April 19, 2013 — A line of severe thunderstorms fired up across southern Ontario on Thursday, spawning the first tornado of the season.
Residents are picking up the pieces after a line of severe thunderstorms ripped through the Shelburne area on Thursday, a community about 100 km northwest of Toronto.
The roof of a barn about five kilometres northwest of Shelburne was completely ripped off and thrown 500 feet. Downed hydro lines and fallen trees were also reported.
On Friday, Environment Canada confirmed that a EF-1 tornado with winds between 135 and 175 km/h tore through the region Thursday evening.
"This is the first event of this nature in the province this year and also an opportunity to let everyone know that Environment Canada has now moved towards the enhanced version of the Fujita damage scale. The Americans adopted this version of the scale back in 2007," says Geoff Coulson of Environment Canada.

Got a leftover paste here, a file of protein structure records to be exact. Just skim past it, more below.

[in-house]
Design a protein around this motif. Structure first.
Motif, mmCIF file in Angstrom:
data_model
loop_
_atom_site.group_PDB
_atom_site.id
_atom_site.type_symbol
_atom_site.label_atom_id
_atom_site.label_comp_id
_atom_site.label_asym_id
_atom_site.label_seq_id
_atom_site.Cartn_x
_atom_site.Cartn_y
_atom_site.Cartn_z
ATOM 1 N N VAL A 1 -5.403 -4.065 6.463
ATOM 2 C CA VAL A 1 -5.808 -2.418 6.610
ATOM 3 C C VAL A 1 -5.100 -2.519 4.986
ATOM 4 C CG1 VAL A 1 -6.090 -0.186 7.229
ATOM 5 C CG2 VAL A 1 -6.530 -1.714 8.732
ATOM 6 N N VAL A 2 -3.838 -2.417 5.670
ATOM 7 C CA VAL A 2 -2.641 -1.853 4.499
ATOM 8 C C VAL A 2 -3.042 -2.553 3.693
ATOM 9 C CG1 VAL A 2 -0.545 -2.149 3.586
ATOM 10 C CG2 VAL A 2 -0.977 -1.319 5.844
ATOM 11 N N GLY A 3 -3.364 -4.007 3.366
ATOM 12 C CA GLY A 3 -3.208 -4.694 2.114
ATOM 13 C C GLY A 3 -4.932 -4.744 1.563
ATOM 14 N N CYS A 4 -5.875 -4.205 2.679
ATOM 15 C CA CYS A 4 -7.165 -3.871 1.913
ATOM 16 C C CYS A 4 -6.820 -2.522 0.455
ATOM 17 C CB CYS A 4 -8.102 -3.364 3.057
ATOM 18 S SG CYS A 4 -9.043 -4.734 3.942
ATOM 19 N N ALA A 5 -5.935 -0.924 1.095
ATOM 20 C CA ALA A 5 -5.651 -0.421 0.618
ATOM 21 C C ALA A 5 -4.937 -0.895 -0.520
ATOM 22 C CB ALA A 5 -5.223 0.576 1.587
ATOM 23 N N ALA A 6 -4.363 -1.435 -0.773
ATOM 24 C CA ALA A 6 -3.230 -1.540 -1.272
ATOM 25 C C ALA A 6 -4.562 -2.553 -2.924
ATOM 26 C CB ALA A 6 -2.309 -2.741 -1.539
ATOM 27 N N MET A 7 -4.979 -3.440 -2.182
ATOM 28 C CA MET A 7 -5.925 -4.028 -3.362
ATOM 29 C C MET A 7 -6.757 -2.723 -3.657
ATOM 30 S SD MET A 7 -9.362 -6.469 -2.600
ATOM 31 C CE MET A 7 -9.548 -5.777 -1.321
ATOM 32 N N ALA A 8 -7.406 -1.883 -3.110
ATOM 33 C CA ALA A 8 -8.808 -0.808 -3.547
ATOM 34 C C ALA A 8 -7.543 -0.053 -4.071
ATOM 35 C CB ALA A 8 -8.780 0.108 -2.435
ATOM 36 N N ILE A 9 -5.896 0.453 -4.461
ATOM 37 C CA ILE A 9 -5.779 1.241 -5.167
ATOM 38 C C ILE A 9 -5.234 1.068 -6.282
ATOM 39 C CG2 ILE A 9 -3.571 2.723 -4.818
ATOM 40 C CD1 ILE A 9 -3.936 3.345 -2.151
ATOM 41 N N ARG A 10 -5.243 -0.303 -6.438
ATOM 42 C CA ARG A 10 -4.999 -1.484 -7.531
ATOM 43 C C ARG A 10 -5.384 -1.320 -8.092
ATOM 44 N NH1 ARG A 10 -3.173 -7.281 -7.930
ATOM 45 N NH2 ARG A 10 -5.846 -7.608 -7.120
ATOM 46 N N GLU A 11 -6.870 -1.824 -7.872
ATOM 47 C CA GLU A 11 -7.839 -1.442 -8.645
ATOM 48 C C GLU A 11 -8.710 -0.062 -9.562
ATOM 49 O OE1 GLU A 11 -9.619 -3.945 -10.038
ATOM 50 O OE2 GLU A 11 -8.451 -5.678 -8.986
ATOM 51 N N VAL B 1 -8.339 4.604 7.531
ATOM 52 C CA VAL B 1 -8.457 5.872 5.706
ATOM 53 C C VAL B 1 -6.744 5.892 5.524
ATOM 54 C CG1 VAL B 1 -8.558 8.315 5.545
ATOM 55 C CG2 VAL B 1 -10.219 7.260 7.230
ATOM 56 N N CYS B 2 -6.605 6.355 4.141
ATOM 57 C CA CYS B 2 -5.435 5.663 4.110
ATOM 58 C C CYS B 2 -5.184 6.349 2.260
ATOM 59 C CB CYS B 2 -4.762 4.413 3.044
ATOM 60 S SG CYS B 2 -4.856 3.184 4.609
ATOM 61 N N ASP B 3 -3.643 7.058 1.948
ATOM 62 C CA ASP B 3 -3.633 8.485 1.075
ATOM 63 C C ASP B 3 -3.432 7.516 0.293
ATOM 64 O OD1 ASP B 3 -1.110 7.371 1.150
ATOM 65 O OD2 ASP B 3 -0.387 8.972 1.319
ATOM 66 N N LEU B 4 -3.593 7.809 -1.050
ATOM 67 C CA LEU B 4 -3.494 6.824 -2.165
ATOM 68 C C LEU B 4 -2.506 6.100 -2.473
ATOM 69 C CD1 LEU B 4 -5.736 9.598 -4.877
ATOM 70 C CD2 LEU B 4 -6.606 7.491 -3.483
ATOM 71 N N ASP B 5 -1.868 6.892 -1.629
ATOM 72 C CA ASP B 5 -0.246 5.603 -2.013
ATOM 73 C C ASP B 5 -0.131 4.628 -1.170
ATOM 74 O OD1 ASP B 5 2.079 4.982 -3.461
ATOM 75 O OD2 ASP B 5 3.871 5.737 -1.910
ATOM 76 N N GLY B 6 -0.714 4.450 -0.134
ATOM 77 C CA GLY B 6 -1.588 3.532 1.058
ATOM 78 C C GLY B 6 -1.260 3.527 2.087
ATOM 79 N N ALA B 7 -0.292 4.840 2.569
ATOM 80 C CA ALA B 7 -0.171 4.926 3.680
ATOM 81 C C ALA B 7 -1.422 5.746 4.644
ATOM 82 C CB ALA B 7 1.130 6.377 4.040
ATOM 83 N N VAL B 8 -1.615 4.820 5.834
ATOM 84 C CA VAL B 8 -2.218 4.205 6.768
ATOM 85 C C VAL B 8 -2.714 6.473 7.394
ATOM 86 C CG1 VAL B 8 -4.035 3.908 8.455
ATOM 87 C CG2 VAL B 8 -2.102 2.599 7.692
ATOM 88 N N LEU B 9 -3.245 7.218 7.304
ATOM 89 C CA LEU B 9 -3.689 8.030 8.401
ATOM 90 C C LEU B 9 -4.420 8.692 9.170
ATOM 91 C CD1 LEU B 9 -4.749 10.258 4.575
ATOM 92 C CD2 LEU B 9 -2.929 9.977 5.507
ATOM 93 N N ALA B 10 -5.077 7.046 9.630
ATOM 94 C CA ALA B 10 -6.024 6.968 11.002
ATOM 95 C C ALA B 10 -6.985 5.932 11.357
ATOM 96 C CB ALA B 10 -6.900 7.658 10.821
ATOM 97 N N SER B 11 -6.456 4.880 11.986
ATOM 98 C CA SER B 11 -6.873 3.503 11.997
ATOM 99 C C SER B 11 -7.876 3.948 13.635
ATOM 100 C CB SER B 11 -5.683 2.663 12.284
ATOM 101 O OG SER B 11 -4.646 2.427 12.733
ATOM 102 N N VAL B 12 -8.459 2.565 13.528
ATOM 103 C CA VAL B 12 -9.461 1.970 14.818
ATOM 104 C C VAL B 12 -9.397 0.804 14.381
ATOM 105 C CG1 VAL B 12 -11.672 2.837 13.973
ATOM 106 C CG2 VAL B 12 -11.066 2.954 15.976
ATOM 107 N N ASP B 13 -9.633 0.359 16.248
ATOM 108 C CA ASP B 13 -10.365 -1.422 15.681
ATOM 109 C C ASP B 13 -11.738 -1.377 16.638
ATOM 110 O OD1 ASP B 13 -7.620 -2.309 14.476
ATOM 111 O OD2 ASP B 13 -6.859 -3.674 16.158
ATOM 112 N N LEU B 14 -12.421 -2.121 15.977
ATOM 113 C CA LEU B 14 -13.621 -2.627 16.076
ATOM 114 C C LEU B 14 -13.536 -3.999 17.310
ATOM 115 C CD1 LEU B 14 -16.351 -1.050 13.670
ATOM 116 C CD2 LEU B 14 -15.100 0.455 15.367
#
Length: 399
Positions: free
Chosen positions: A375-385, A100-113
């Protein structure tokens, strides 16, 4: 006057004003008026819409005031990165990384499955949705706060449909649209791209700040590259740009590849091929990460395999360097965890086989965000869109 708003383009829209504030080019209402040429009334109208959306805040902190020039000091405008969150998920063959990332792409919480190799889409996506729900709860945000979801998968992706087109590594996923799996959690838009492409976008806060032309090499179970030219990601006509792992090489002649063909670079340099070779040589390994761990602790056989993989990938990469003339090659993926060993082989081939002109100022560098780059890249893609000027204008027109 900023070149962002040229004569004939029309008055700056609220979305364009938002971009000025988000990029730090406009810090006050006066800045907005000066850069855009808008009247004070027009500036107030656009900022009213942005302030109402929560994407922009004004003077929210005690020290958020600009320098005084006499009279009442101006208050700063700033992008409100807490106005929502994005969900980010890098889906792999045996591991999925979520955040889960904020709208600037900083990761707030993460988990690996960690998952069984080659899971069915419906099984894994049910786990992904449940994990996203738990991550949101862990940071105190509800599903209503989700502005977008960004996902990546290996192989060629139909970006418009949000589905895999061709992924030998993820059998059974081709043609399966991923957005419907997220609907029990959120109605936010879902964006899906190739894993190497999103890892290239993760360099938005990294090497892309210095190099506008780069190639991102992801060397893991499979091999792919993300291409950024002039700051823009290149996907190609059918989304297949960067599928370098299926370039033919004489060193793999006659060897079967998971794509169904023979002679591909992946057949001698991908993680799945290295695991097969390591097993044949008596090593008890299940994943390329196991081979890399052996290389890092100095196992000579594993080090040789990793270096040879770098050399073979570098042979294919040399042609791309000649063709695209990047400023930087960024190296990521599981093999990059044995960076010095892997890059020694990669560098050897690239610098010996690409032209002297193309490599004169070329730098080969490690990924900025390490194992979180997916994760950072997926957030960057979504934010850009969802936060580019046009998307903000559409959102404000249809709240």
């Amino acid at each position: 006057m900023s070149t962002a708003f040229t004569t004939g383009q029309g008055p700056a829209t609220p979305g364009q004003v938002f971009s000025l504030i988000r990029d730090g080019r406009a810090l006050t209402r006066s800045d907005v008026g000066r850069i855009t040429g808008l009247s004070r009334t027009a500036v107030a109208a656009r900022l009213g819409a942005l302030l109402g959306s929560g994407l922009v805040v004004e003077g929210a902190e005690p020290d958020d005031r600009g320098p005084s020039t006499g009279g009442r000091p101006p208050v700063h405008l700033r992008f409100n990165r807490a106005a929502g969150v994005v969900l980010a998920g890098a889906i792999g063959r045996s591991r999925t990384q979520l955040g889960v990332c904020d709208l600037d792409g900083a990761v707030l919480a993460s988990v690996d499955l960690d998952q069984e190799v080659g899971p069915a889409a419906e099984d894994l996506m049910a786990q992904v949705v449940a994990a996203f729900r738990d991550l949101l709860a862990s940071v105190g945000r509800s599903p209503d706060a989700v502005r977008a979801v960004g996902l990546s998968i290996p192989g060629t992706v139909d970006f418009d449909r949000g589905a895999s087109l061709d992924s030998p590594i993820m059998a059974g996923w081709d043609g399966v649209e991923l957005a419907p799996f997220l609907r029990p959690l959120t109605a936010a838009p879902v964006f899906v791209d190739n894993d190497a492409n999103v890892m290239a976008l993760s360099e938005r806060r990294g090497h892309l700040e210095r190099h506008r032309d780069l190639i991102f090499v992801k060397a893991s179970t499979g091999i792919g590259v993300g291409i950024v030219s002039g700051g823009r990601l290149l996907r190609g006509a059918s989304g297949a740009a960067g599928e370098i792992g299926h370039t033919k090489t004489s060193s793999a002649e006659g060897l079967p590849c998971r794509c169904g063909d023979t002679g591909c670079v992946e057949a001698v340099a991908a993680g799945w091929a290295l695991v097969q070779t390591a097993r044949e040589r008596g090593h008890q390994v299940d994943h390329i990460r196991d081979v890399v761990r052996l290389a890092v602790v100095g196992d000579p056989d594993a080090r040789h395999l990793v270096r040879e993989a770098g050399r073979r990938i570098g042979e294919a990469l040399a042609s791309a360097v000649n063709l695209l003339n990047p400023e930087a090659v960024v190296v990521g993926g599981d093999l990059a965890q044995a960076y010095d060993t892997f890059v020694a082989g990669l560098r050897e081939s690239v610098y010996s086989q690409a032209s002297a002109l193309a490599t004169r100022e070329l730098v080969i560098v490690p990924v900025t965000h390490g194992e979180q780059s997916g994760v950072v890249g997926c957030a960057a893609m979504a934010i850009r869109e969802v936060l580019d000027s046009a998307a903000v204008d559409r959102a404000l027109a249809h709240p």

In the Town of East Gwillimbury, officials say about 20 hydro poles were knocked down on Woodbine Avenue between Green Lane and Davis Drive. Live wires were reported laying across the roadway.
York Regional Police say the affected area will be closed to traffic for two or three days.
"A sharp cold front will cross through southern Ontario on Friday bringing the potential for some showers and isolated thunderstorms," says Robinson. "Strong winds with gusts up to 80 km/h are possible in some places as the front moves through."
Temperatures will also take a significant dip with many areas seeing low single digit highs over the weekend.
Meanwhile, in northern Ontario, residents continue to deal with a powerful wintery blast.
Heavy snow, rain and freezing rain is making it feel more like the middle of January there.
You can check the weather watches and warnings in your area by heading to the Alerts section of the website.
With files from The Canadian Press